Of the hundreds of companies now making iPod cases, Canada’s iSkin is one of the very few obsessed with making them substantially better than its competitors; sometimes it hits, sometimes it misses, but it never seems to stand still. That’s why we were excited when the company announced several Cerulean-branded wireless products back in January of this year: iSkin was ready to apply its industrial design skills to the geeky world of Bluetooth accessories, transforming the often too-big, too techie add-ons into something cooler.
Today, we’re reviewing three different Cerulean wireless product packages. First, there’s Cerulean F1 ($130), a Bluetooth 2.0 stereo wireless headset and microphone accessory designed for use with cell phones, and somewhat compatible with the iPhone. Second is Cerulean TX + RX ($150), which bundles an iPod Bluetooth transmitter (TX) with a receiver (RX) that can be plugged into almost any iPod-specific speaker dock to play iPod audio wirelessly through the speakers. Third is the Cerulean F1 Wireless Headset and TX Transmitter package ($190). Unlike the standalone F1, the new bundle includes a TX iPod transmitter so that you can hear your iPod’s music through the F1 headset; like the F1 itself, the TX transmitter also works to some extent with the iPhone.
If all of this seems somewhat confusing at this stage, you’re not alone: these three packages may use interchangeable components, but they need to be understood as separate offerings. The standalone Cerulean F1 Wireless Headphones, reviewed fully in that separately linked review, are useful only to iPhone and other cell phone users; with the iPhone, they work almost exclusively for making and receiving phone calls, and despite their stereo Bluetooth 2.0 functionality, cannot be used to listen to your music—except with a poor-sounding monaural iPhone hack that no one would really use for music output.
This is an Apple-imposed limitation, and unless the company updates the iPhone to permit true Bluetooth music streaming, the only advantage F1 offers iPhone users over a lower-priced monaural headset is the ability to hear your callers in both ears.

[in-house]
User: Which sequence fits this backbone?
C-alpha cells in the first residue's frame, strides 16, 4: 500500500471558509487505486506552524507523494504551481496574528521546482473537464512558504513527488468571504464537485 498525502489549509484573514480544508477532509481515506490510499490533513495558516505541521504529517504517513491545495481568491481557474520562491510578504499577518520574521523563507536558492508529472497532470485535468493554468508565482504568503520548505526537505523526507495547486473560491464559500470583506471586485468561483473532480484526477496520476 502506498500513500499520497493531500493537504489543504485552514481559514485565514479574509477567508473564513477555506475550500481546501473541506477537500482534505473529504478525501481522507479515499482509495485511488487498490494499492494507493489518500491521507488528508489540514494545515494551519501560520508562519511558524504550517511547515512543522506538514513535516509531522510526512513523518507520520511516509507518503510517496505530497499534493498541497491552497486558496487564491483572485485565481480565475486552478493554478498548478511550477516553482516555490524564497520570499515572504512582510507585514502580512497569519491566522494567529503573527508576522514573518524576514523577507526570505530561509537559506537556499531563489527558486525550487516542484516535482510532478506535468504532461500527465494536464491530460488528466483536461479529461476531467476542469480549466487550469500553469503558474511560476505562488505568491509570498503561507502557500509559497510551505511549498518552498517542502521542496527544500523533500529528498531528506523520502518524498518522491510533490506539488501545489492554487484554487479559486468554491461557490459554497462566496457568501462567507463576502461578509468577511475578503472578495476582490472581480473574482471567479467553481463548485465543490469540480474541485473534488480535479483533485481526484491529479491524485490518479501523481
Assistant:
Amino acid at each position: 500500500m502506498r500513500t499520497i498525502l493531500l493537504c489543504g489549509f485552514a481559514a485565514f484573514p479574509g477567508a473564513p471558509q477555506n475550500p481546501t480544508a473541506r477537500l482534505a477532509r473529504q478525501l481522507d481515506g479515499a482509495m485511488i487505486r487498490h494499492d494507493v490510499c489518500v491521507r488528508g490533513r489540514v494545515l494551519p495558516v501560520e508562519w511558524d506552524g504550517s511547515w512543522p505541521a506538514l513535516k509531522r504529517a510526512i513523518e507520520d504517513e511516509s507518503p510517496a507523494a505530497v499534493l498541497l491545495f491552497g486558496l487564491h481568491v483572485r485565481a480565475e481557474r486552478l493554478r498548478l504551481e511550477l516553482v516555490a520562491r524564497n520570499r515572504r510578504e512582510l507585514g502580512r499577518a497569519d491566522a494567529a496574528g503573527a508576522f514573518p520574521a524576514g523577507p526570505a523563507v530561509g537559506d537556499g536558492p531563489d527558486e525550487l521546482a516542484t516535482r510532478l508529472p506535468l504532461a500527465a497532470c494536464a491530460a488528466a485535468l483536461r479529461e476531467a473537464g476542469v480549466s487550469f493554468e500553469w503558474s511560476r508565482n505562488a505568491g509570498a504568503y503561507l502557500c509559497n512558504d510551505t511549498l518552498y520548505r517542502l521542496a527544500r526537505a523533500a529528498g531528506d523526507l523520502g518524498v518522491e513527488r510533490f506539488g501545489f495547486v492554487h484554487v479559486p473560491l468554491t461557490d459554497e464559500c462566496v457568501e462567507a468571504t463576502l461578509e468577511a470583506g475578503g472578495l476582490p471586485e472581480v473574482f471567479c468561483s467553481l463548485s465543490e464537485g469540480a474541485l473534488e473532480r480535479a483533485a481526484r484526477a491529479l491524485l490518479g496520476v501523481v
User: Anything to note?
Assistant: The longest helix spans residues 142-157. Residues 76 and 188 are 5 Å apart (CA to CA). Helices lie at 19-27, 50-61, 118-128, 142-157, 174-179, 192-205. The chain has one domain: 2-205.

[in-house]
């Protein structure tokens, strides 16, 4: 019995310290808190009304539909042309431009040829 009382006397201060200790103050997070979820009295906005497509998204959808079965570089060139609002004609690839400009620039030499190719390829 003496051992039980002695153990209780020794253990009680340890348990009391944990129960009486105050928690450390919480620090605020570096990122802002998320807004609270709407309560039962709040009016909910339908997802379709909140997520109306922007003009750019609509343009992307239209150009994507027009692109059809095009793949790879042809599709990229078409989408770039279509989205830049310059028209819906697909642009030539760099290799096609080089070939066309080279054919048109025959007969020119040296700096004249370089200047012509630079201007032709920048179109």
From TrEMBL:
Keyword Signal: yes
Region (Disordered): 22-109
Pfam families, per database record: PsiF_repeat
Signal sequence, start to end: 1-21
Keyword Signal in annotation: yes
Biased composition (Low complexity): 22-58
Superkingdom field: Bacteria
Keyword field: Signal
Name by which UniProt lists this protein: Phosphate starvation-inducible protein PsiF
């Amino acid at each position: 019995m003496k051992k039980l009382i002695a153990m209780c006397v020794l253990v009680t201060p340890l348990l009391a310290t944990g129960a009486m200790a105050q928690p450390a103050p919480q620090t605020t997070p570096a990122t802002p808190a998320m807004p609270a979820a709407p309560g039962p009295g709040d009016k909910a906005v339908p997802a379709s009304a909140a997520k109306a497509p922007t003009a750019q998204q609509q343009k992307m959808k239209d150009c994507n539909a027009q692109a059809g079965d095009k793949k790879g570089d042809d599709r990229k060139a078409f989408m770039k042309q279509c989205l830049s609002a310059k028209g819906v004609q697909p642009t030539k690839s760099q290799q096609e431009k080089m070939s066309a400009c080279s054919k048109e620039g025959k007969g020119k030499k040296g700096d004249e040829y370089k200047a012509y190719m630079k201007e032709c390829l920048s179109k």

By contrast, the F1 + TX set expands the headset’s usefulness: with the included TX accessory, you can output music from virtually any Dock Connector-equipped iPod, iPhone, or USB port-equipped computer, using the AD2P protocol to send stereo audio to the F1. TX is a small black plastic transmitter that looks to have been designed to physically match the second-generation iPod nano, but again, it’s Dock Connecting iPod-agnostic, with a simple white light on its face and a mini power port hidden under a rubber cap on its left side. iSkin also includes a TX-to-USB adapter to let you attach TX to your computer if you prefer. Computers with integrated Bluetooth 2.0 won’t need TX or the adapter to work with the F1 headset, those without will suddenly be able to send Bluetooth audio to F1 and other stereo Bluetooth devices.
The F1 + TX bundle is a little different from the standalone F1 package. As with the $130 package, iSkin includes a USB cable for charging F1, as well as two sets of plastic ear mounts, one with chrome accents, one without. The $190 set also comes with foam and clear rubber earbud covers for use with F1, parts that weren’t included in our standalone F1 package. Regardless of the chrome, black, or clear pieces you attach to F1, the earpieces will look good on your ears, but they’re still significantly larger than and not as visually neutral as Apple’s same-priced iPhone Bluetooth Headset. That said, they’re smaller and lighter than other stereo Bluetooth headsets we’ve tested; other than the slight pressure they use to stay on your ears, you won’t find them fatiguing.